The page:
Artwork of the month: On 9 November 1880, Sir Giles Gilbert Scott, architect of the modern House of Commons, was born.
The House of Commons Chamber was bombed in May 1941 and completely destroyed. The House of Commons relocated to the Lords Chamber until 1950, when the new Commons Chamber was officially opened. Work did not begin on the new Chamber until 1945, when the Commons voted by 121 to 21 to approve the design proposed by Sir Giles Gilbert Scott.
Gilbert Scott was born on 9 November 1880, in Hampstead, London. His father and grandfather had been architects before him – exponents of the High Victorian gothic style, similar to that used by the architect Charles Barry for the Palace of Westminster. In his own work he sought to blend gothic and modernism, reducing the decoration favoured by the Victorians.
By the time Gilbert Scott was appointed to design the new Commons Chamber, his designs had already been used to create Liverpool Cathedral, Battersea Power Station, Waterloo Bridge and, most famously, the red telephone box. The new Chamber was designed to fit in with the gothic exterior created by Pugin and Barry, while introducing more modern lighting, heating and ventilation, as well as an enlarged public gallery.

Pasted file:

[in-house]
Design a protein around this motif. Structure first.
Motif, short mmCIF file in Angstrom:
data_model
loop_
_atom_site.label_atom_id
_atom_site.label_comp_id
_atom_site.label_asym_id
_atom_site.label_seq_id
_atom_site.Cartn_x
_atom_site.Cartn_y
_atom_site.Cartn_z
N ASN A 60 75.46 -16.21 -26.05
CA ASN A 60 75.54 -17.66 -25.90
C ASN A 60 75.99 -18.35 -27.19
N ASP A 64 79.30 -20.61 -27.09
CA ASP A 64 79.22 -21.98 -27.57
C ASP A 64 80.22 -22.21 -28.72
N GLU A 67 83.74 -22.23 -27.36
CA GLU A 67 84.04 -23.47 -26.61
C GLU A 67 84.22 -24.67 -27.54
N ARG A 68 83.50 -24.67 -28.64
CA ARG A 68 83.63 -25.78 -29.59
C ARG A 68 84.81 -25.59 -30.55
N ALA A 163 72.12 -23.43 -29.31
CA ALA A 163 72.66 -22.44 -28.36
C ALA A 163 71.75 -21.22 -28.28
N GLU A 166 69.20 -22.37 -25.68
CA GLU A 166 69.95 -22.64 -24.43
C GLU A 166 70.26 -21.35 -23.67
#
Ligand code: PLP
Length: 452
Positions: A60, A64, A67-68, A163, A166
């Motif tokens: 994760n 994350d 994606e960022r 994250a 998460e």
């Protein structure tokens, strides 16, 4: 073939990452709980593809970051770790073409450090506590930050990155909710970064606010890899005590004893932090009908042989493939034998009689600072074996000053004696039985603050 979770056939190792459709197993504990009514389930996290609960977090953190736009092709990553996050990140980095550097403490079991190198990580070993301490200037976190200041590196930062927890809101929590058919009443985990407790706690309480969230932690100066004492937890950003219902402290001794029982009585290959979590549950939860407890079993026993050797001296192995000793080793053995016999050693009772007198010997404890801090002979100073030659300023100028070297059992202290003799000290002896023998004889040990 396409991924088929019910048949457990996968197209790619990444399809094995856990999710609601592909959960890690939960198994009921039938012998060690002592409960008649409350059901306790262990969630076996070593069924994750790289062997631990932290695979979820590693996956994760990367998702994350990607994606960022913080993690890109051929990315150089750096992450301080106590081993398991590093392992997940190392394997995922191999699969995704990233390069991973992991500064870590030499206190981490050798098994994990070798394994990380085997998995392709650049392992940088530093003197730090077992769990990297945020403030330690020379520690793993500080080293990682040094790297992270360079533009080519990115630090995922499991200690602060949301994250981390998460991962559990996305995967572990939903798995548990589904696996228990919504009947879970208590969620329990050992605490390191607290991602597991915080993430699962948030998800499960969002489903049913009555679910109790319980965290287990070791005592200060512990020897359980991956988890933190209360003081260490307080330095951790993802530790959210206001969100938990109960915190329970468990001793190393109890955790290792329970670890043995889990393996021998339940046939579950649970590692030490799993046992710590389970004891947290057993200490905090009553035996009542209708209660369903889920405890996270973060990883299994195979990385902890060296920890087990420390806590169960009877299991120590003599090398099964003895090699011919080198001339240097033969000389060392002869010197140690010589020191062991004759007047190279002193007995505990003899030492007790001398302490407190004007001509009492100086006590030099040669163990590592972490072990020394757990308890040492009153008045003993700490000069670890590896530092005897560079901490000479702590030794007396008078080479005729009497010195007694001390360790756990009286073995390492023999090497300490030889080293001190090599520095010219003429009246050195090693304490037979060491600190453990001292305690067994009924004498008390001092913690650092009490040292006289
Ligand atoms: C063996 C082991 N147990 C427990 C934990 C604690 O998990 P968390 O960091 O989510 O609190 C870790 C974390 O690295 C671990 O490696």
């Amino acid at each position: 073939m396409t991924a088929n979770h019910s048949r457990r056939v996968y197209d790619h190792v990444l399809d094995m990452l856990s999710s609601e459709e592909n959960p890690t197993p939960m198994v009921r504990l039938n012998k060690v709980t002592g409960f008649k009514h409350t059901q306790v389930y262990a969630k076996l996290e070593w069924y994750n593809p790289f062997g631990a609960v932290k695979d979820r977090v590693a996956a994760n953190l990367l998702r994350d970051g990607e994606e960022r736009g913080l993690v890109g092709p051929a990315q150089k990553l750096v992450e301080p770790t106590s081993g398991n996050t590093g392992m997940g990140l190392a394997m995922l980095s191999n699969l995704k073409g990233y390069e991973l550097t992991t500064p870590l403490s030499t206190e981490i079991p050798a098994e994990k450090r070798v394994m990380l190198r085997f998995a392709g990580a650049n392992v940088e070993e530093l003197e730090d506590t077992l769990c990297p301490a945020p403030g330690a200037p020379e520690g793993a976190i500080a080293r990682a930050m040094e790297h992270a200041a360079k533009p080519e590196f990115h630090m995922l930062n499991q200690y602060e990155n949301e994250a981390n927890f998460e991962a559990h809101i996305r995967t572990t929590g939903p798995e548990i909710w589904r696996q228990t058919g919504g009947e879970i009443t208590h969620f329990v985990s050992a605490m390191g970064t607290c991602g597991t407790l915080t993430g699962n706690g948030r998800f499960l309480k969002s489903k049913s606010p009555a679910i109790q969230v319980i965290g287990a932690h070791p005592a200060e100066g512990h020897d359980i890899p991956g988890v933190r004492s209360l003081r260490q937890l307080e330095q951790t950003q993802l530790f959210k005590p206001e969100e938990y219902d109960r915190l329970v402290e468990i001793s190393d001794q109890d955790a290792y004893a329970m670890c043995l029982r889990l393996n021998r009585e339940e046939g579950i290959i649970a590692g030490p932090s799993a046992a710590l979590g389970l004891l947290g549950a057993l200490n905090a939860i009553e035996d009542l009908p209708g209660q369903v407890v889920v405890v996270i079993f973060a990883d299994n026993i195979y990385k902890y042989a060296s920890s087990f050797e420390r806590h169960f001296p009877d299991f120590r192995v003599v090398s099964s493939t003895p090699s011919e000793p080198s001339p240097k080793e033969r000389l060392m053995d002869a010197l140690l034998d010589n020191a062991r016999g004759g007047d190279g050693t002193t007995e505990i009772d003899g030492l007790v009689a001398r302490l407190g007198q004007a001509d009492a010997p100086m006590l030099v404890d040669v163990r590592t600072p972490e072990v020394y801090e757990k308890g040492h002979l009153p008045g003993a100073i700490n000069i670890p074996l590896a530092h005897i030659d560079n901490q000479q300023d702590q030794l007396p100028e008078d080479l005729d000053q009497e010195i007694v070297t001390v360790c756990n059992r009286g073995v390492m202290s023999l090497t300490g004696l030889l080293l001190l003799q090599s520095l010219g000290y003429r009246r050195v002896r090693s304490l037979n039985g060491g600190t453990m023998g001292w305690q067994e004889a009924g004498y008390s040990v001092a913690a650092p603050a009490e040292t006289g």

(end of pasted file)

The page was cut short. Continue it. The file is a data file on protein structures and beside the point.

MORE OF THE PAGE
June Mendoza’s painting 'The House of Commons, 1986' depicts Prime Minister’s Questions, with the then Prime Minister, Margaret Thatcher, standing at the despatch box. Also shown in the painting are the other party leaders, Speaker Weatherill, the Cabinet, Shadow Cabinet, Party Whips, Committee Chairs and MPs who entered the House in or before 1970.
Like the old Commons Chamber, Gilbert Scott’s was designed with fewer seats than the number of MPs. This limited seating capacity meant that the remaining places in Mendoza’s painting were offered to Members on the basis of ballots held by their own parties. Over 200 MPs failed to be included. Many of the excluded MPs decided to commission a second painting ‘The Other Picture’ by Andrew Festing, to include them. This painting shows Members in the Library rooms which were designed by Barry in the 19th century.
In a nod to the history of the Commons, a group of former statesmen, including Attlee, Gladstone, Macmillan, Churchill, Pitt the younger and Disraeli, can be seen viewing the debate from the gallery on the upper left.
Image: 'The House of Commons, 1986', oil painting by June Mendoza, 1987 (WOA 3232)